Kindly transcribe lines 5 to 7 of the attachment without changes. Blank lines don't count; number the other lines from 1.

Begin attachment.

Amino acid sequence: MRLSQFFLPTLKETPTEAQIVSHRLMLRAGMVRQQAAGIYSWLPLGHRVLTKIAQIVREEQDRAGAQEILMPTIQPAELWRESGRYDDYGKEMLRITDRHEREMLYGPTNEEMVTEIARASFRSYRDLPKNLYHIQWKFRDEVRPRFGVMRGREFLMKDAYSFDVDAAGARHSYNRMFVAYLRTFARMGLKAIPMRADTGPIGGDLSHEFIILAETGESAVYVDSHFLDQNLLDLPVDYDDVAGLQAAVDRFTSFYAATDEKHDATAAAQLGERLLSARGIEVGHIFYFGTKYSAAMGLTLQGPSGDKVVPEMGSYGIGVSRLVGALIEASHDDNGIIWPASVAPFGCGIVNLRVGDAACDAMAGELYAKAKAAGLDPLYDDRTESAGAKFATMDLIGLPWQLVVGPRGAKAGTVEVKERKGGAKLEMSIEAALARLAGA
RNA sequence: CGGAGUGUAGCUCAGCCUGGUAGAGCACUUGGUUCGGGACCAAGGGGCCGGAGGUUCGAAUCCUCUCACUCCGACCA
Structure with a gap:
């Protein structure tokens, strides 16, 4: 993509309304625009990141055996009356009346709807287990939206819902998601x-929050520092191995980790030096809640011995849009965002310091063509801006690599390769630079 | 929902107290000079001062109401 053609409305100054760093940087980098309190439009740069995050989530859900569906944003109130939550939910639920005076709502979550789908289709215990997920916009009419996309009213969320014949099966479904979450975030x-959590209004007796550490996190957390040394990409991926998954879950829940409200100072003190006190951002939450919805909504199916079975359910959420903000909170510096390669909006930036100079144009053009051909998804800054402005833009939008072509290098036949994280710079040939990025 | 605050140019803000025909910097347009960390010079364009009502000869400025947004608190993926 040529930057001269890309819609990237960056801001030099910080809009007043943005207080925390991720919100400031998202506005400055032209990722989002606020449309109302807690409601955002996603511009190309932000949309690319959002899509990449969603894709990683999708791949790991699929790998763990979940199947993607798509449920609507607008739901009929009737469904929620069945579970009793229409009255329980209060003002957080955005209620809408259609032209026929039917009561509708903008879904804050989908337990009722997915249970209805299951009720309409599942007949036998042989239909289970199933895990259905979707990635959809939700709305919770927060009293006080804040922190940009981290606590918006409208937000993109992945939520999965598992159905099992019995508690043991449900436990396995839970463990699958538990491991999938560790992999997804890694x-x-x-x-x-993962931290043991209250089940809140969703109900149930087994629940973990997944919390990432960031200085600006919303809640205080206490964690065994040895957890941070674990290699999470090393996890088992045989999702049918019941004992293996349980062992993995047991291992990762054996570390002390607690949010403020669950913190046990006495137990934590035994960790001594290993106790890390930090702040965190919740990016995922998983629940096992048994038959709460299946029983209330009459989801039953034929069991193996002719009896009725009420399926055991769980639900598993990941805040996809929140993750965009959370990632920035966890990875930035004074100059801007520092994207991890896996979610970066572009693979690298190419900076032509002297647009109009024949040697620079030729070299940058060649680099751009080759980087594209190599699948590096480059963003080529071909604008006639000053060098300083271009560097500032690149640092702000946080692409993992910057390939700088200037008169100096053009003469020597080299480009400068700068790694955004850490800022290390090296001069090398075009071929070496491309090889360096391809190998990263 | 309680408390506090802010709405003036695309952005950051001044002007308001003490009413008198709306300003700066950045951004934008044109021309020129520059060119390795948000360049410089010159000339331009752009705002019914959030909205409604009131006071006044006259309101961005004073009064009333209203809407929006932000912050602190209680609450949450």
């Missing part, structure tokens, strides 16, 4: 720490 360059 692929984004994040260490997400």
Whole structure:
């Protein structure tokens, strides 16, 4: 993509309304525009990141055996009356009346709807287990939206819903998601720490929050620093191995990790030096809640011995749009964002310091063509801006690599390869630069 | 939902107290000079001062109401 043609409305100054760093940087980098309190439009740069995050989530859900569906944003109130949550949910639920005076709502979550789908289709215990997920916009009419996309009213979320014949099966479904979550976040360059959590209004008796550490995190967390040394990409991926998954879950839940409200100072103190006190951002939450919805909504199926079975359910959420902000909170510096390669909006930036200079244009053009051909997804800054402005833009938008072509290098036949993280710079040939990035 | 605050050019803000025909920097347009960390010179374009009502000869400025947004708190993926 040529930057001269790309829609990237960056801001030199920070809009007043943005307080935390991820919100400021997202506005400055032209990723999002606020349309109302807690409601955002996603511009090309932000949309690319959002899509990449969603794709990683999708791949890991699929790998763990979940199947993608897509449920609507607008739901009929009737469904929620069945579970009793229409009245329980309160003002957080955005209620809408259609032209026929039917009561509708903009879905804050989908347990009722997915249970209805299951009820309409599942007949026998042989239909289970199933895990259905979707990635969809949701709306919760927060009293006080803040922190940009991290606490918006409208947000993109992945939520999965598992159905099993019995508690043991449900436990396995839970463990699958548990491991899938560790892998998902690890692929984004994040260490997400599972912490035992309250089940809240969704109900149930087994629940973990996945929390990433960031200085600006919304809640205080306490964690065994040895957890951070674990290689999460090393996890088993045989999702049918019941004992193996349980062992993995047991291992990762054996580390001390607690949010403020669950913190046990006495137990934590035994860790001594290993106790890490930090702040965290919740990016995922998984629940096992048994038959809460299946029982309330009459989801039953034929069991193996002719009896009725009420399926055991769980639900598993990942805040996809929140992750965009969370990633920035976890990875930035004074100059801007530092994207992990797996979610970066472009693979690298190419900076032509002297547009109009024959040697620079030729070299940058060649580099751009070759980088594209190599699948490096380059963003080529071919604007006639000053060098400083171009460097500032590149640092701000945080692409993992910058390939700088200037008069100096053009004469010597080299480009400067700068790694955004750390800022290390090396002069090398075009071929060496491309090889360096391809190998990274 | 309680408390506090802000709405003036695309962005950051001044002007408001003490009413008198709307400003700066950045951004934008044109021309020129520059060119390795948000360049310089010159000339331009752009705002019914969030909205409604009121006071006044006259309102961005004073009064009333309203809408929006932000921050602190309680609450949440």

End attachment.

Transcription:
């Missing part, structure tokens, strides 16, 4: 720490 360059 692929984004994040260490997400």
Whole structure:
């Protein structure tokens, strides 16, 4: 993509309304525009990141055996009356009346709807287990939206819903998601720490929050620093191995990790030096809640011995749009964002310091063509801006690599390869630069 | 939902107290000079001062109401 043609409305100054760093940087980098309190439009740069995050989530859900569906944003109130949550949910639920005076709502979550789908289709215990997920916009009419996309009213979320014949099966479904979550976040360059959590209004008796550490995190967390040394990409991926998954879950839940409200100072103190006190951002939450919805909504199926079975359910959420902000909170510096390669909006930036200079244009053009051909997804800054402005833009938008072509290098036949993280710079040939990035 | 605050050019803000025909920097347009960390010179374009009502000869400025947004708190993926 040529930057001269790309829609990237960056801001030199920070809009007043943005307080935390991820919100400021997202506005400055032209990723999002606020349309109302807690409601955002996603511009090309932000949309690319959002899509990449969603794709990683999708791949890991699929790998763990979940199947993608897509449920609507607008739901009929009737469904929620069945579970009793229409009245329980309160003002957080955005209620809408259609032209026929039917009561509708903009879905804050989908347990009722997915249970209805299951009820309409599942007949026998042989239909289970199933895990259905979707990635969809949701709306919760927060009293006080803040922190940009991290606490918006409208947000993109992945939520999965598992159905099993019995508690043991449900436990396995839970463990699958548990491991899938560790892998998902690890692929984004994040260490997400599972912490035992309250089940809240969704109900149930087994629940973990996945929390990433960031200085600006919304809640205080306490964690065994040895957890951070674990290689999460090393996890088993045989999702049918019941004992193996349980062992993995047991291992990762054996580390001390607690949010403020669950913190046990006495137990934590035994860790001594290993106790890490930090702040965290919740990016995922998984629940096992048994038959809460299946029982309330009459989801039953034929069991193996002719009896009725009420399926055991769980639900598993990942805040996809929140992750965009969370990633920035976890990875930035004074100059801007530092994207992990797996979610970066472009693979690298190419900076032509002297547009109009024959040697620079030729070299940058060649580099751009070759980088594209190599699948490096380059963003080529071919604007006639000053060098400083171009460097500032590149640092701000945080692409993992910058390939700088200037008069100096053009004469010597080299480009400067700068790694955004750390800022290390090396002069090398075009071929060496491309090889360096391809190998990274 | 309680408390506090802000709405003036695309962005950051001044002007408001003490009413008198709307400003700066950045951004934008044109021309020129520059060119390795948000360049310089010159000339331009752009705002019914969030909205409604009121006071006044006259309102961005004073009064009333309203809408929006932000921050602190309680609450949440």